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At one time they were considered tip top. Technology has surpassed them now and there are better choices for SD.
 
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The 147 grain bullet does well with sound suppression and longer barrels, but out of a shorter barrel that "heavy for caliber" bullet just does not have enough velocity. They have come out with better bullet construction to help with expansion as of late, but I still believe the best bullet weights for the 9 x 19mm is the 115 - 124 grain variety. JMHO.
 

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we used it for many years as our duty ammo in pistol and smg's. when we changed to the 40 s&w we went with another brand of duty ammo. it is a good round and will get the job done.
 

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The 147 grain bullet does well with sound suppression and longer barrels, but out of a shorter barrel that "heavy for caliber" bullet just does not have enough velocity. They have come out with better bullet construction to help with expansion as of late, but I still believe the best bullet weights for the 9 x 19mm is the 115 - 124 grain variety. JMHO.
Heavy for caliber bullets are designed to expand at lower velocities. They don't "need" velocity as much as a light weight bullet needs it. Heavy for caliber bullets are more efficient in shorter barrels than light weight bullets.

Hydra-Shoks are FAR outperformed by Speer Gold Dot and Federal HST.
Hydra-Shoks are finally being retired by Federal. Federal is going to be packaging and selling HSTs for civilians soon. I'm sure they will be replacing Hydra-Shoks on store shelves.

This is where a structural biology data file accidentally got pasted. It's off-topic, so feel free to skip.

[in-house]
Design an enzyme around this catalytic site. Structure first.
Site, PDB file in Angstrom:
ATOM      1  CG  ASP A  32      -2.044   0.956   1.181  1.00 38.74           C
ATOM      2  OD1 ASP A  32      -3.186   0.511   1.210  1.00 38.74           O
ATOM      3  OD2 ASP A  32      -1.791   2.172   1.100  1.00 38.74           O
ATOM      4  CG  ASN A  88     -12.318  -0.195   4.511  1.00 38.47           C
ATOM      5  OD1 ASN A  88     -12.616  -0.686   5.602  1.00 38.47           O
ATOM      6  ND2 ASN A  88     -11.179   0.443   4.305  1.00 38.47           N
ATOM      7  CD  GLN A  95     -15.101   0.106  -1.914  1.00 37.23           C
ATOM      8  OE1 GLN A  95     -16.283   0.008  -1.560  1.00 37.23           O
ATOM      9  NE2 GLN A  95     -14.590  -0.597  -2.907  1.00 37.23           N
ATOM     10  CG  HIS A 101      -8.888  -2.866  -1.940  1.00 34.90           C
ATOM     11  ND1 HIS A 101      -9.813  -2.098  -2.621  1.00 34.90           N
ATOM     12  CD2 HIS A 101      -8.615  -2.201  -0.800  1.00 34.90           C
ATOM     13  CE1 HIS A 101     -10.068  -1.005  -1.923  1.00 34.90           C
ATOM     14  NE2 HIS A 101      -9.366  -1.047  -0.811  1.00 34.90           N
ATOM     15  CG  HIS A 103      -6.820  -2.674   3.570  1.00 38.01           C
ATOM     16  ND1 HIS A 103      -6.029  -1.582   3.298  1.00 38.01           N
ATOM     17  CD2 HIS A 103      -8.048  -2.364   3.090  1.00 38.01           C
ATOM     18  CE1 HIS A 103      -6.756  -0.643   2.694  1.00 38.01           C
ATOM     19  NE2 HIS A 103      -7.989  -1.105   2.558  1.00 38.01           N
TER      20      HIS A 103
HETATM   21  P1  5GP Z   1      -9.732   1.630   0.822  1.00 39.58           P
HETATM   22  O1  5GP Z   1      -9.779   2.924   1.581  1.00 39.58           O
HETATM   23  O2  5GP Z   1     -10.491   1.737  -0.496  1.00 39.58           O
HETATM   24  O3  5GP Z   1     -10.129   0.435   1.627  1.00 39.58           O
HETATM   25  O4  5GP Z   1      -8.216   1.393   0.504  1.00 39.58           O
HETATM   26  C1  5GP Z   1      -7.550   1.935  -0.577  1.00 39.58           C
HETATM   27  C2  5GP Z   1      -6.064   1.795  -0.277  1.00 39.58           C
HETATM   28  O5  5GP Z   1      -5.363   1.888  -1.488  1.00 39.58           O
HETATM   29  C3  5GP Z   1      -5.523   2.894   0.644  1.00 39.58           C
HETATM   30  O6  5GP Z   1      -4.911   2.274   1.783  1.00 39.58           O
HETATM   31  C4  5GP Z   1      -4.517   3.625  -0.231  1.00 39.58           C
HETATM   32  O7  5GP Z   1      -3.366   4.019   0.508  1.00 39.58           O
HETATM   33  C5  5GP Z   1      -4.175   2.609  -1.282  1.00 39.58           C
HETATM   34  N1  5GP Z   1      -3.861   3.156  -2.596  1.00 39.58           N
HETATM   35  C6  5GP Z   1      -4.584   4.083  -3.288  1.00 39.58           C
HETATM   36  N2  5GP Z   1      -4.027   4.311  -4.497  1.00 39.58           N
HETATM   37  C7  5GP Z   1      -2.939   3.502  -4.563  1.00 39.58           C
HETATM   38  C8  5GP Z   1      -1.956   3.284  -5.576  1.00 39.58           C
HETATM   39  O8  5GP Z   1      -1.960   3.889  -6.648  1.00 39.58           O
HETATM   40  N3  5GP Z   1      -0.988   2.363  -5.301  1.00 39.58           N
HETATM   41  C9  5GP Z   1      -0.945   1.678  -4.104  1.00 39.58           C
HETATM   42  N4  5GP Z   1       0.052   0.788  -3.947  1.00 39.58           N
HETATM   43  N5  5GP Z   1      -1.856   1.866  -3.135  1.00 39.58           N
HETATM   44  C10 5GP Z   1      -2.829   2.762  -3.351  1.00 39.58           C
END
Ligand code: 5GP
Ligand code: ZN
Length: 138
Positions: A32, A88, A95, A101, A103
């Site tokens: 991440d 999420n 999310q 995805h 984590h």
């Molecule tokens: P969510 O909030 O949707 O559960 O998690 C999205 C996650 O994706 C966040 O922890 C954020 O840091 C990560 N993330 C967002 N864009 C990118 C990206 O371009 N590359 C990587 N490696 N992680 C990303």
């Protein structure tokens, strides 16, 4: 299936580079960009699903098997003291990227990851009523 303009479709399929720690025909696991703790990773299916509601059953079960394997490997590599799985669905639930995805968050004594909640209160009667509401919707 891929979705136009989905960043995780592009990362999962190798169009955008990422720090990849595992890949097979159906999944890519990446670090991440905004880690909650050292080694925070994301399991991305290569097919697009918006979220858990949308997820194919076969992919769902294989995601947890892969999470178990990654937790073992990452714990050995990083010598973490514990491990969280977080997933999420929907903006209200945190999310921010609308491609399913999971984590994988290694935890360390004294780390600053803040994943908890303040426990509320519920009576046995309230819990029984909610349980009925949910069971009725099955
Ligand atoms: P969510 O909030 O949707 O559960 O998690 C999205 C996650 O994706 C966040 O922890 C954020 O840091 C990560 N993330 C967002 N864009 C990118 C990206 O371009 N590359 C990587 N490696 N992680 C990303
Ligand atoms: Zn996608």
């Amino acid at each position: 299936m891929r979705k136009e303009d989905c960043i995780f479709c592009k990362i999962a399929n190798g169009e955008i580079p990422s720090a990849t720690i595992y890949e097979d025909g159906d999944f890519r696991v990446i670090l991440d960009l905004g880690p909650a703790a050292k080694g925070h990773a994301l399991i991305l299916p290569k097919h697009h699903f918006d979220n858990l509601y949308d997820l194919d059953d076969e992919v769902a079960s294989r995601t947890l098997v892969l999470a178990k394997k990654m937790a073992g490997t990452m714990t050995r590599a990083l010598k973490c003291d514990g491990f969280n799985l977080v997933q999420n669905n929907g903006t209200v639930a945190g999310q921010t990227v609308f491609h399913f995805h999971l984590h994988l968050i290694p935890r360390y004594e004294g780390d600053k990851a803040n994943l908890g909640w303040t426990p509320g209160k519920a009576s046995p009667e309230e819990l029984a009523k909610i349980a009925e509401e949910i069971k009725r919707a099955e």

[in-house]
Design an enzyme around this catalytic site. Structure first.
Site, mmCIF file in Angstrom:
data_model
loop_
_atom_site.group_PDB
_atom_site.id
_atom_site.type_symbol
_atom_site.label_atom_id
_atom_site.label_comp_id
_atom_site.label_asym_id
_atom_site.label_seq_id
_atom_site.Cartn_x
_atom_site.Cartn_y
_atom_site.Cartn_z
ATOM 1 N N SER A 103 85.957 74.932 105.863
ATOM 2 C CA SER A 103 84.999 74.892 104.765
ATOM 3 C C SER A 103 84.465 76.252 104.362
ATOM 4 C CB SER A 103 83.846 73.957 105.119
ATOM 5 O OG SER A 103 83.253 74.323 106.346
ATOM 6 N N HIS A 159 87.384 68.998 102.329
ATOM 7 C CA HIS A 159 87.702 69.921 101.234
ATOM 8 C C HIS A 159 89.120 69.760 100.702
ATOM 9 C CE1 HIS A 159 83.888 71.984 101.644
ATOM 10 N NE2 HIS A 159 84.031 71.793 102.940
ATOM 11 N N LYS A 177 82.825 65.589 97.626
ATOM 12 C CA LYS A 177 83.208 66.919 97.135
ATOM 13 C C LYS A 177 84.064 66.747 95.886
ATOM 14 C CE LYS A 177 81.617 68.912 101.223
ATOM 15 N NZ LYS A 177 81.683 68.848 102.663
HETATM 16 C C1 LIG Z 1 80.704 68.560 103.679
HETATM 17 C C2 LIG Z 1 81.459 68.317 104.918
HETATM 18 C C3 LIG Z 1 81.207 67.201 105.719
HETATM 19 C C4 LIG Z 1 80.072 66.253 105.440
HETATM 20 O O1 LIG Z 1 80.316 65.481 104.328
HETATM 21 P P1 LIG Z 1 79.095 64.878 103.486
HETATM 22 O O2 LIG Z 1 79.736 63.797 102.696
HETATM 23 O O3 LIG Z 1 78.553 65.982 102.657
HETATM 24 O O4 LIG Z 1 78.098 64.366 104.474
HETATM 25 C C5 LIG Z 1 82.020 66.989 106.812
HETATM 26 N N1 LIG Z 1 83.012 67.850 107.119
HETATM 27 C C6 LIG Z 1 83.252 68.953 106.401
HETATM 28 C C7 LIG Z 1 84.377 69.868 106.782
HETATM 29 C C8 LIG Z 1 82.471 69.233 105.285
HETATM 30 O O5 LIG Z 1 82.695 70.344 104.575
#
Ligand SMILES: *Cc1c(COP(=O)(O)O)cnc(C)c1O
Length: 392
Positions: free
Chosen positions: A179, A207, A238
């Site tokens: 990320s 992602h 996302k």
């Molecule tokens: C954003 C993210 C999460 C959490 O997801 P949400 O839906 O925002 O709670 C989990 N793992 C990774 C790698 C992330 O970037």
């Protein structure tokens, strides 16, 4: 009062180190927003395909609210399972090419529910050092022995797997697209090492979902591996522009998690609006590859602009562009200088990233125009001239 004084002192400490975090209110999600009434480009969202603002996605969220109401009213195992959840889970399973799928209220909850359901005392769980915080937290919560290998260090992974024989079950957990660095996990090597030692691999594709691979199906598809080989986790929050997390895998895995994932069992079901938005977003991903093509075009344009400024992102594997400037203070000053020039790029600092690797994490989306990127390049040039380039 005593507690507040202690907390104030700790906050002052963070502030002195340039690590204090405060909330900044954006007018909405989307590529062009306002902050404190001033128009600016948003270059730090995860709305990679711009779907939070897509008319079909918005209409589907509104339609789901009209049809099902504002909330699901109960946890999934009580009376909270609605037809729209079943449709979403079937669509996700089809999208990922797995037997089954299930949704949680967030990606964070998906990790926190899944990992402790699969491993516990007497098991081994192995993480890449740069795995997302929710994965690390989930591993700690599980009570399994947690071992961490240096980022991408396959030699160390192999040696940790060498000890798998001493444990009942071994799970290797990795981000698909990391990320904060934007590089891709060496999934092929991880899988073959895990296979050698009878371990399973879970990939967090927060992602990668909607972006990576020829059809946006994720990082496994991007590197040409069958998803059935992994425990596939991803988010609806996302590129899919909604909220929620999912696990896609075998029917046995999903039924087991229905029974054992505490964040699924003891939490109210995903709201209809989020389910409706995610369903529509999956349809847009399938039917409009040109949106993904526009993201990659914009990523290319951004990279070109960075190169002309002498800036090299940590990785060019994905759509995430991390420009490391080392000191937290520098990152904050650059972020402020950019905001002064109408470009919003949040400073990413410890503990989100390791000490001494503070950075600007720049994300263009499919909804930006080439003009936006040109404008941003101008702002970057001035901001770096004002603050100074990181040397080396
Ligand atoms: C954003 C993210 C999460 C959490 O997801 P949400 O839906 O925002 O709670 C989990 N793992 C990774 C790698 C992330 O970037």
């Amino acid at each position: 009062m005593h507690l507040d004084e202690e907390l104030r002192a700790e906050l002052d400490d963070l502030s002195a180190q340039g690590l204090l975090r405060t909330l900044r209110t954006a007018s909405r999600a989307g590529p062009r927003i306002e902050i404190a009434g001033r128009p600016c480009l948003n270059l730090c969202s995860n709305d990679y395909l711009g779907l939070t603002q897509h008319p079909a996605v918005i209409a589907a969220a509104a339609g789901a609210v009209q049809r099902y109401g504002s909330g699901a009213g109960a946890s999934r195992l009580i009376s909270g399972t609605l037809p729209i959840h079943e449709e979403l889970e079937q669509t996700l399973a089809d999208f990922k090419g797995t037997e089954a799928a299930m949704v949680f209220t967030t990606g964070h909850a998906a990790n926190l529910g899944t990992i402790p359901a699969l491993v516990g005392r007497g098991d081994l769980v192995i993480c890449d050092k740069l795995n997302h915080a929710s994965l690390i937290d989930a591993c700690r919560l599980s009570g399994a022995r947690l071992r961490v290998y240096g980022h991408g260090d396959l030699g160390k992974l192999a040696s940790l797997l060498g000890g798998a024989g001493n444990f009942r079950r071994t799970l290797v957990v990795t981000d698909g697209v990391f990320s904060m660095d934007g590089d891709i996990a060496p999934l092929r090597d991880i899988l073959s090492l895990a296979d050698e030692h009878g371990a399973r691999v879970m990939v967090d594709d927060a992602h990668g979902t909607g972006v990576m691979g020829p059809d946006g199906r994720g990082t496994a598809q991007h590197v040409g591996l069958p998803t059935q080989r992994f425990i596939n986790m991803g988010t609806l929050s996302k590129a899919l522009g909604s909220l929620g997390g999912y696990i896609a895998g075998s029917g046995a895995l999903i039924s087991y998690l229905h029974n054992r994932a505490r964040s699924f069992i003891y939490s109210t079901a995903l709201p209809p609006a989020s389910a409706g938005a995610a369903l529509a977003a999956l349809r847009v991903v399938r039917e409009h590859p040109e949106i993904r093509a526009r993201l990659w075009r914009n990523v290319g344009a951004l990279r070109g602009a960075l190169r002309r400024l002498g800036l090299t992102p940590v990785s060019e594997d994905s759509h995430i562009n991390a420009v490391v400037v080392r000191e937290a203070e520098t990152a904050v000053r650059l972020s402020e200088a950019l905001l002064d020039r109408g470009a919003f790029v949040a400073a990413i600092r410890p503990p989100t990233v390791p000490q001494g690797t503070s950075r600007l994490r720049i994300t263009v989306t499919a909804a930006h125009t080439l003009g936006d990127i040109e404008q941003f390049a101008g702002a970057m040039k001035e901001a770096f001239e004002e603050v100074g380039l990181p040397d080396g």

If you can afford it, it's time to move up.
I prefer 147gr (+P) HSTs for 9mm because of their reliability and impressive expansion. If I carried Gold Dots it would probably be the 124gr+P flavor.
 

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I hope this has not been covered to many times here. I carry Federal Hydra Shock 147 grain
Some go as far as saying DO NOT carry it. Check about 1/2 way down this page. Chuck Hawks is regarded by many as knowledgeable on the subject. Although he says he didn't write the article, he does post it on his website. Personally, I like the idea of a 147g +P, I think there's one in the HST series.

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Quoted from the article:

Bad 9mm Loads to avoid (and certainly NEVER carry). Numbers given:

Federal Hydra-Shok 9mm 147 grain JHP (P9HS2)
Winchester 147 grain 9mm Silvertip Subsonic JHP (X9MMST147)
Winchester 147 grain 9mm Super-X Subsonic (XSUB9MM)
Remington 147 grain 9mm JHP (R9MM8)
Remington 147 grain 9mm Golden Saber JHP (GS9MMC)

Ammunition For The Self-Defense Firearm